Back at the hotel we relaxed for a bit, and before we knew it, it was time to take the subway to the train station. One more gastronomical stop however, For Roberts a steak and fries, for me a pizza. This time the order mix-up was mine, I ended up with an olive, sausage and egg toppings. However, still delicious, and a short time later we were on the train back to Clermont, tired, a little wet but vowing to return soon, impressed with this city that is so close to home.

Roberts relaxing in front of St-Jean with a bit of parcour

Wednesday, March 9, 2011

A Week in Motion

The last week has been busy, busy, busy! Meeting new people, traveling and enrolling Lauris in daycare has kept us on the go, and it is a good thing. Last week I was able to meet a friend out on the town for dinner and a few hours peace which was a much needed rejuvenator from 24-7 time with an energetic 9 month old. We had a wonderful time at another friend’s house on Wednesday complete with dozens (maybe six, but it seemed like 24 or 36) of kids running/crawling around. Lauris has two friends that have birthdays around the same time, and it has been a pleasure watching these three interact and develop their rugby skills. Friday I met a few more mothers whose kids are a little older, but still a wonderful group of ladies. And Friday evening we had dinner with possibly the only other Latvian speaker in town. I find it incredible that our friend, having made the decision to learn Latvian, accomplished this goal by writing letters with the help of a dictionary and visiting Latvia a few times. Despite not speaking Latvian for a few years she spoke well enough to hold her own in conversation the entire night. Wonderful! Quite an inspiration to work more diligently on my French!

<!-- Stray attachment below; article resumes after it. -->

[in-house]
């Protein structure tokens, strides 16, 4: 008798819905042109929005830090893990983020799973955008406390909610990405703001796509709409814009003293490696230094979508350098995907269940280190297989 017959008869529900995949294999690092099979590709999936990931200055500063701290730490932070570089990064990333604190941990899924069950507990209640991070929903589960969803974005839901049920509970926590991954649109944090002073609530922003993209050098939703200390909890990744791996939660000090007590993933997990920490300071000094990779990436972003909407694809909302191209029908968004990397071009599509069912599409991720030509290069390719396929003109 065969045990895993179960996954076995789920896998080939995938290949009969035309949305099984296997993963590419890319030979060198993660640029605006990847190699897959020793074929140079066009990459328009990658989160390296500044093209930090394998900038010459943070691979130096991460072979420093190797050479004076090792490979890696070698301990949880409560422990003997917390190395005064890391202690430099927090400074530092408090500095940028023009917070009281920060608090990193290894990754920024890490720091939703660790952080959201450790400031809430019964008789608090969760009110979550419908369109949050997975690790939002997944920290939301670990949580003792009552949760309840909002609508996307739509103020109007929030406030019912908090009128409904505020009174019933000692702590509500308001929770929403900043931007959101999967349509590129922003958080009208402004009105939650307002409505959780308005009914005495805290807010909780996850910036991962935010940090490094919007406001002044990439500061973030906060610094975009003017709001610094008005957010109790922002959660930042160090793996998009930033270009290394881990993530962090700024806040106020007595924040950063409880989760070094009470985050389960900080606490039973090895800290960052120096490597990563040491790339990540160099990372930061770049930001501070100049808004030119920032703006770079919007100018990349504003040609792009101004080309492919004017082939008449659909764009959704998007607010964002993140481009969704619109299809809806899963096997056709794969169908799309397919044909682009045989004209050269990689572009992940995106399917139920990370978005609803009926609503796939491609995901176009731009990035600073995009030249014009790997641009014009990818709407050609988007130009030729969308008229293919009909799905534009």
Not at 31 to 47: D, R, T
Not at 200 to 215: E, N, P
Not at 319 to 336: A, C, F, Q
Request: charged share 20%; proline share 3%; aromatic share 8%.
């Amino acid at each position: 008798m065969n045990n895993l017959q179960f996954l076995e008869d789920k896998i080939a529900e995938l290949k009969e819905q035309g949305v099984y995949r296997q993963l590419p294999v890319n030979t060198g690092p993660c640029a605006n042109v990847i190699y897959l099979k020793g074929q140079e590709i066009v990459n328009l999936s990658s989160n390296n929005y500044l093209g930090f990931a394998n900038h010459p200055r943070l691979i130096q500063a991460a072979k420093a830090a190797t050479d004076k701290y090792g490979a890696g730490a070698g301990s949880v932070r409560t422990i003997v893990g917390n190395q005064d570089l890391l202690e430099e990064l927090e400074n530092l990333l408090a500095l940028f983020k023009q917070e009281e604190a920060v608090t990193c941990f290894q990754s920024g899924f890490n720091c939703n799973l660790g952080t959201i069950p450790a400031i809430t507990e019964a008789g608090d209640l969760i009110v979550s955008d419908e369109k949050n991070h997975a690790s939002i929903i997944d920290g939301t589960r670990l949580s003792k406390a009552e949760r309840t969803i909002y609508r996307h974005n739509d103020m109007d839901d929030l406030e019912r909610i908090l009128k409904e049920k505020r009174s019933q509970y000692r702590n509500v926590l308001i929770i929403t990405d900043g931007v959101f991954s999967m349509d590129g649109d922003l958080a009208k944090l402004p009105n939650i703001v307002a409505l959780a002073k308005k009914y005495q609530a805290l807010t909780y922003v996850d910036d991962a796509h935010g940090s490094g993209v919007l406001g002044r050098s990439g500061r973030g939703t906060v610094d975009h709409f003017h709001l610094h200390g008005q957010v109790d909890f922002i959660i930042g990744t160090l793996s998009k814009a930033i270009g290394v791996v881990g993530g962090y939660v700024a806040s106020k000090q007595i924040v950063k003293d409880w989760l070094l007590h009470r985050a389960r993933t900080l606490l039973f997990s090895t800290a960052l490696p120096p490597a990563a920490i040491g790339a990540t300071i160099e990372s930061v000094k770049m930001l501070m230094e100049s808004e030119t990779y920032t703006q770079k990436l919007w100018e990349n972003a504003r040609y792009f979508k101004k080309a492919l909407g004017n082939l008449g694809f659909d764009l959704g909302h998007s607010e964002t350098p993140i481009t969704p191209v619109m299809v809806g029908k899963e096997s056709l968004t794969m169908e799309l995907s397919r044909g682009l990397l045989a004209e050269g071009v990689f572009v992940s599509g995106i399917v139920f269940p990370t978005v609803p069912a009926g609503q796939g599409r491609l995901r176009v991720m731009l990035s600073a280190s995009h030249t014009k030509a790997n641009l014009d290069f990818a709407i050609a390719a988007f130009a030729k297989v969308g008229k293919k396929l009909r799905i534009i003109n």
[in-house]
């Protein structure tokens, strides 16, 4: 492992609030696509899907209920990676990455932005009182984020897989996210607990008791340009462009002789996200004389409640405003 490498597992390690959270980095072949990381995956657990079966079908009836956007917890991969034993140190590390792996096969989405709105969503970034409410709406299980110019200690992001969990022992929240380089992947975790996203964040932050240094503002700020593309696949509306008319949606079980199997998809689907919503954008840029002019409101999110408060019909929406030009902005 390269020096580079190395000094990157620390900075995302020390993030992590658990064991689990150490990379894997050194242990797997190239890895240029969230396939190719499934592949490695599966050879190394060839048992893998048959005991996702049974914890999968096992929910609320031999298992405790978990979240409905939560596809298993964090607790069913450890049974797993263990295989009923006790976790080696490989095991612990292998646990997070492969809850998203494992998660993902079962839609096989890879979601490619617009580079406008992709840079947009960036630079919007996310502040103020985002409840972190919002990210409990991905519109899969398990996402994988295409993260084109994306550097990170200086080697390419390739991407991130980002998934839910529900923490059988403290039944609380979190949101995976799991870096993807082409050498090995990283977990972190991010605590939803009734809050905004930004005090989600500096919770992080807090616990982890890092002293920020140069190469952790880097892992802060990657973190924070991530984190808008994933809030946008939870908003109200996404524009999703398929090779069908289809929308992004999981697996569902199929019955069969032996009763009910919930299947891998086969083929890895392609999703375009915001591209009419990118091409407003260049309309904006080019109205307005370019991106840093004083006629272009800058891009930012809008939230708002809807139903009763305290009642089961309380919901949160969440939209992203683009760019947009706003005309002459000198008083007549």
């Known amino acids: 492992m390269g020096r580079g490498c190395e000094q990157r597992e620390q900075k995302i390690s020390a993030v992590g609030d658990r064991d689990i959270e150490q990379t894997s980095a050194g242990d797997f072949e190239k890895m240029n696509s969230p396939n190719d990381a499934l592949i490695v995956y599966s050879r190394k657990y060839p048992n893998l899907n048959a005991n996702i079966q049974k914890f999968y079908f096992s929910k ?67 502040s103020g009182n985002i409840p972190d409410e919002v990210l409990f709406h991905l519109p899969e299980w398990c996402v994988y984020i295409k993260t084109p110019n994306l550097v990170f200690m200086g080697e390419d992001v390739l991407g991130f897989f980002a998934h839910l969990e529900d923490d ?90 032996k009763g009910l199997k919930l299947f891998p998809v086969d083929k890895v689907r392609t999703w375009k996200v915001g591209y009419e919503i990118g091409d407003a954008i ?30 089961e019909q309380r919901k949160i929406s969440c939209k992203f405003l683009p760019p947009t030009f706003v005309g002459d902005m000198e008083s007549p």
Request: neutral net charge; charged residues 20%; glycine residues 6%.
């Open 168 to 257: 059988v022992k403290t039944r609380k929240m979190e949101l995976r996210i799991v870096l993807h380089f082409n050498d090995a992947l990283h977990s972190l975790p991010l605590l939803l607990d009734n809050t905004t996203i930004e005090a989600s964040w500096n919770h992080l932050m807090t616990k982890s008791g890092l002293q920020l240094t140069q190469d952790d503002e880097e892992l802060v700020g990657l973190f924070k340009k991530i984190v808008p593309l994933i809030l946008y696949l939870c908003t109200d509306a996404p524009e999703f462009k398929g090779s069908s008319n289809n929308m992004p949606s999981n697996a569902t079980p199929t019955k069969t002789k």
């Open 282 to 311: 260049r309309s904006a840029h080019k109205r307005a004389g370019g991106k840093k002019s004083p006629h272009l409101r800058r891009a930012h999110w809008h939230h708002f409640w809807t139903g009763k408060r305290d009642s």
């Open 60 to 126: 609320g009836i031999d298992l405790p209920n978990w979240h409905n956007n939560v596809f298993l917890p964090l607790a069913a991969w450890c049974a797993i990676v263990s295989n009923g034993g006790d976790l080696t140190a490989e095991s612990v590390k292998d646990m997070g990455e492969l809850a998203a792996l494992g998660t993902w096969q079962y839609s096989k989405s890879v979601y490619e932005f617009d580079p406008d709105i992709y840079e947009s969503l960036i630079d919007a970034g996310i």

We accepted an offer from a friend to accompany him to the Millau bridge on Saturday. Only two hours south of Clermont-Ferrand is the town of Millau. It hosts the world’s tallest bridge, the Millau viaduct, whose highest pylon stands 343 m (1,125 feet) tall. Built to relieve traffic traveling south to the coast through the Tarn valley, it is 2,460 m (1.53 miles) long, and has itself become a tourist destination. With incredible views of the bridge as well as the river valley and Millau, I advise anyone traveling through to stop at the visitor center on the north end of the bridge and take a coffee, and a short walk up to the viewpoint.

Sunday was spent relaxing at home, but we did manage to take a quick trip out to Riom, the largest city directly north of Clermont. We visited a very beautiful church, the Basilique St-Amable (of which the nave and part of the transept date to the 12th century).  The church’s doors were open and welcoming, though our visit was somewhat marred by the amusement park ride set up right outside its doors and blasting carnival music. The fountains were not running, and being a Sunday, the city was noticeably empty. So we headed home, stopping for dinner on the way.